It remains to be seen whether Google, having shown the world that ?you can make money without doing evil?, can prove that ?you can do charity while making profit?.india Updated: Sep 18, 2006 03:31 IST
Almost $ 60 billion flows from developed to developing countries as financial aid each year. Relatively speaking, this is not a significant figure — it makes up only 0.5 per cent of the $ 12 trillion GDP of all low and middle-income countries (excluding India and China). On top of that, a large part of it does not reach its beneficiaries, largely due to corruption and inefficiency. This is why the increasing ‘corporatisation’ of aid seems a positive trend.
Now Google, the leader among search engines, has launched a ‘charity for profit’ with an initial investment of $ 1 billion. A ‘profitable charity’ might sound like an oxymoron, and it is already inviting criticism from aid puritans who prefer to stick to the no-profit-no-loss moral high ground. However, there is much going for this project. First and foremost among these is the infusion of a strong corporate ethic and the efficiency that can come only with a profit motive. Take, for instance, Google.org’s plans to develop a highly fuel-efficient hybrid car engine that could run on electricity, ethanol and petrol. As a for-profit corporation, Google.org can adopt corporate methods to sell these cars and perhaps even lobby Congress to encourage their use. Moreover, since Google.org will pay taxes, its finances will be open to scrutiny and, hopefully, rule out corruption.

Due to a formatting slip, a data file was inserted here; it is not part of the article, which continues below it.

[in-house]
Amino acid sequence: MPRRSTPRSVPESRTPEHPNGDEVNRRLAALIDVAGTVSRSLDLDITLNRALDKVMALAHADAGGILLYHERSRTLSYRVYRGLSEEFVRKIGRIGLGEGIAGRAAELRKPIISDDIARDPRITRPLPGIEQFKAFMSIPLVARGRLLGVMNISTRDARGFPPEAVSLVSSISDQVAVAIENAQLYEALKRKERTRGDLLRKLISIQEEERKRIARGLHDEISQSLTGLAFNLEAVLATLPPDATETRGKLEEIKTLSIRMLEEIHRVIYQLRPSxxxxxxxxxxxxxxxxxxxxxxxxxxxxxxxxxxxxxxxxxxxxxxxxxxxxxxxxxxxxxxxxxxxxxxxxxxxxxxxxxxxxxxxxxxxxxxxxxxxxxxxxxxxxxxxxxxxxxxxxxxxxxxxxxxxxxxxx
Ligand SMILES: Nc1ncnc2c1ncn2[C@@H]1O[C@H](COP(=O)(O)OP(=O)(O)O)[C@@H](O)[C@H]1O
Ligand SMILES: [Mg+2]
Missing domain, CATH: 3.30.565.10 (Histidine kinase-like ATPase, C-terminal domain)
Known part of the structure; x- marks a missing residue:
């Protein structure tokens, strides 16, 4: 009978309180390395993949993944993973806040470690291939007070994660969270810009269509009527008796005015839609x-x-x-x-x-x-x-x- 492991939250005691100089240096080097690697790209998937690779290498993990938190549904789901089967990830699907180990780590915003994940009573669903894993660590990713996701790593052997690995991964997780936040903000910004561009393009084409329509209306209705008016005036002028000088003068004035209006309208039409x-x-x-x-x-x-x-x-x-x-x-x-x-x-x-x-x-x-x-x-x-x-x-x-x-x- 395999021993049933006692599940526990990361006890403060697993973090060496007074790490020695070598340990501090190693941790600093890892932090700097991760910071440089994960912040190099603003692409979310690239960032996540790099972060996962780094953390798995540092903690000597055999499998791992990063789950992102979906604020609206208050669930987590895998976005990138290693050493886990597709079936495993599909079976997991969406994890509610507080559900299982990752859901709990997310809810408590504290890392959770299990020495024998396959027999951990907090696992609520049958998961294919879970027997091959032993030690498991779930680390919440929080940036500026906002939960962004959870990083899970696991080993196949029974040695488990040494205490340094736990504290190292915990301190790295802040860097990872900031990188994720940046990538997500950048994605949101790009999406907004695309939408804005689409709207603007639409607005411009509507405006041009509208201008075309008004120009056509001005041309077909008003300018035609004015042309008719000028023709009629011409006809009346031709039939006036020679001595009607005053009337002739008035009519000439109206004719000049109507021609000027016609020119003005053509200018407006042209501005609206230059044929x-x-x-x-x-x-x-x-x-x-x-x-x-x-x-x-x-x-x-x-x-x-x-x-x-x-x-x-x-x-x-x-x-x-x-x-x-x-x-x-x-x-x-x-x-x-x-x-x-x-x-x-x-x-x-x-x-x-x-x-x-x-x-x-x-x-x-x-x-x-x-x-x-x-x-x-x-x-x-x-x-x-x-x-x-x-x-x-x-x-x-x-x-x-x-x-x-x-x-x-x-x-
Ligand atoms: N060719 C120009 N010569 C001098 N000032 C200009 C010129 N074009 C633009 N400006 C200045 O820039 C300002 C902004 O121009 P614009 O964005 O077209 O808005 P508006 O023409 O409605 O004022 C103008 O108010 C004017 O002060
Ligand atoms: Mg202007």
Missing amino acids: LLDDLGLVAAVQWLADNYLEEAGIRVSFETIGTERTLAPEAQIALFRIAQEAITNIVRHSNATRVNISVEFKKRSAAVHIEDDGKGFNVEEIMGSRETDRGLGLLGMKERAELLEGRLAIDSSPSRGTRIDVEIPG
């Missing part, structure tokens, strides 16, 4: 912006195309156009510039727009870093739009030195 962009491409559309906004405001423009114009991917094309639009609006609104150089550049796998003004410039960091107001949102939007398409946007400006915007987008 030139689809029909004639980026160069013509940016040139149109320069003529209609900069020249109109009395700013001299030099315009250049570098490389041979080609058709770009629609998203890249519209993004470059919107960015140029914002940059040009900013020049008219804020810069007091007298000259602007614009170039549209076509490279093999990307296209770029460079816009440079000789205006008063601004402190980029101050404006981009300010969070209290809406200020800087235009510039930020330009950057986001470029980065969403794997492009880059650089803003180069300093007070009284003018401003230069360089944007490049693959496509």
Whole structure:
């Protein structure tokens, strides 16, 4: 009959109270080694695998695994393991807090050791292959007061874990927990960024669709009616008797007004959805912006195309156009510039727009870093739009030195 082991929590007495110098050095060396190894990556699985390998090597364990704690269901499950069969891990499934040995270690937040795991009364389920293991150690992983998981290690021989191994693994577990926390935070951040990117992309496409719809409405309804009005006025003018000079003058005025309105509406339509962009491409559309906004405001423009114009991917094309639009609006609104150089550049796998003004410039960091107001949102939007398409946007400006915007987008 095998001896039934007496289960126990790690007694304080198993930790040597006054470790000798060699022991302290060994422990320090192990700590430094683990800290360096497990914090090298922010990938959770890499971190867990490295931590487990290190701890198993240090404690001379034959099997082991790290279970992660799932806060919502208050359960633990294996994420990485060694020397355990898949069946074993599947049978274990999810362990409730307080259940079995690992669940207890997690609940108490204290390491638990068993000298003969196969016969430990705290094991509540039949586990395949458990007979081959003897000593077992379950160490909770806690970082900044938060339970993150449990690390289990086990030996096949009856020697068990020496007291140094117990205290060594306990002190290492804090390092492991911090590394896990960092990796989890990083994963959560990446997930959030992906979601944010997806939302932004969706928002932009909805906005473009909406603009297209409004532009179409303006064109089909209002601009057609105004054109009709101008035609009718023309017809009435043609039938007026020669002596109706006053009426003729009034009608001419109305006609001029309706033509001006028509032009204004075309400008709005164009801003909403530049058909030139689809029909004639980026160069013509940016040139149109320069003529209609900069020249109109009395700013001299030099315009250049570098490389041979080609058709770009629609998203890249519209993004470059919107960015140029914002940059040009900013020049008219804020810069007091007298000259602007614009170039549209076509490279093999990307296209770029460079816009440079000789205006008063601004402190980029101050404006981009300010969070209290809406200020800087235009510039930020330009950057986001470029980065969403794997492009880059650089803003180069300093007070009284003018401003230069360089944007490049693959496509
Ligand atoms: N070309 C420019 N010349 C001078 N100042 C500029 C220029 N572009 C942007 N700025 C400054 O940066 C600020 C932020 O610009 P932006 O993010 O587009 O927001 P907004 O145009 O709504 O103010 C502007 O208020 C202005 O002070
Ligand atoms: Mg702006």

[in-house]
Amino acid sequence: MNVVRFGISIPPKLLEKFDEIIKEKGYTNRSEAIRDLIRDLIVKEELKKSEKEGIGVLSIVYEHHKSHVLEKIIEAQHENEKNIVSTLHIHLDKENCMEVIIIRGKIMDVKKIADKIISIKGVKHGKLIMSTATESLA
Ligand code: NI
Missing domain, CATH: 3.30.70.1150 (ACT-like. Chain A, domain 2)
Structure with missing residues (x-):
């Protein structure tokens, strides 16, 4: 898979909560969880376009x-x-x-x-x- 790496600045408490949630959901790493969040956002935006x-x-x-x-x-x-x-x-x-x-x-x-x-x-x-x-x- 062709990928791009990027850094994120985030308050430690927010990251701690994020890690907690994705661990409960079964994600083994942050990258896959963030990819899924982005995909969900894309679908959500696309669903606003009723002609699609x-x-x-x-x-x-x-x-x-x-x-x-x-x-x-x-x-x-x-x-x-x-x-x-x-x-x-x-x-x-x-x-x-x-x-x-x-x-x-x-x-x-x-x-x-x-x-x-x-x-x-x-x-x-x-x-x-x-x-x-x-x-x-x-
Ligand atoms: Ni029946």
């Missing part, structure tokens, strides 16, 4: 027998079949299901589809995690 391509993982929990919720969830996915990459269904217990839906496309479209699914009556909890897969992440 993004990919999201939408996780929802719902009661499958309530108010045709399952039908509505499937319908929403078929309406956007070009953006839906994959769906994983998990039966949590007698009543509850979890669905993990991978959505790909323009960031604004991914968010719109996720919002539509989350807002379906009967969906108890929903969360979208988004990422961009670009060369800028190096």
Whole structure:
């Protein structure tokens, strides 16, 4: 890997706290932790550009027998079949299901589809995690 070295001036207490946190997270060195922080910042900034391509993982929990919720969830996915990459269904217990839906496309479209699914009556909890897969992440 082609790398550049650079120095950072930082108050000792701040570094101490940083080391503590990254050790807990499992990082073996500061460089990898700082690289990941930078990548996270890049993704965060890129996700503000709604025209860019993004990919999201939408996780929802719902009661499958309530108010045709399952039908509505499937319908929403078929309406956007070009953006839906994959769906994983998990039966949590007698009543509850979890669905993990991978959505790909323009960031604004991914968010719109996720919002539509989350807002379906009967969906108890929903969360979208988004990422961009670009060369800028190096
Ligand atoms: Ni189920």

However, critics like economist Milton Friedman argue that companies should stick to making money and leave charity to their enriched shareholders. Images of money — and power-hungry MNCs — fattening their wallets at the expense of the gullible poor in developing countries are easy enough to visualise and are not entirely untrue. However, it is the ‘corporatisation’ of aid that has made aid work ‘competitive’. For instance, aid and development professionals from the developed world are skilled professionals with extensive education and hands-on experience. This is a positive trend worthy of emulation. Meanwhile, it remains to be seen whether Google, having shown the world that ‘you can make money without doing evil’, can prove that ‘you can do charity while making profit’.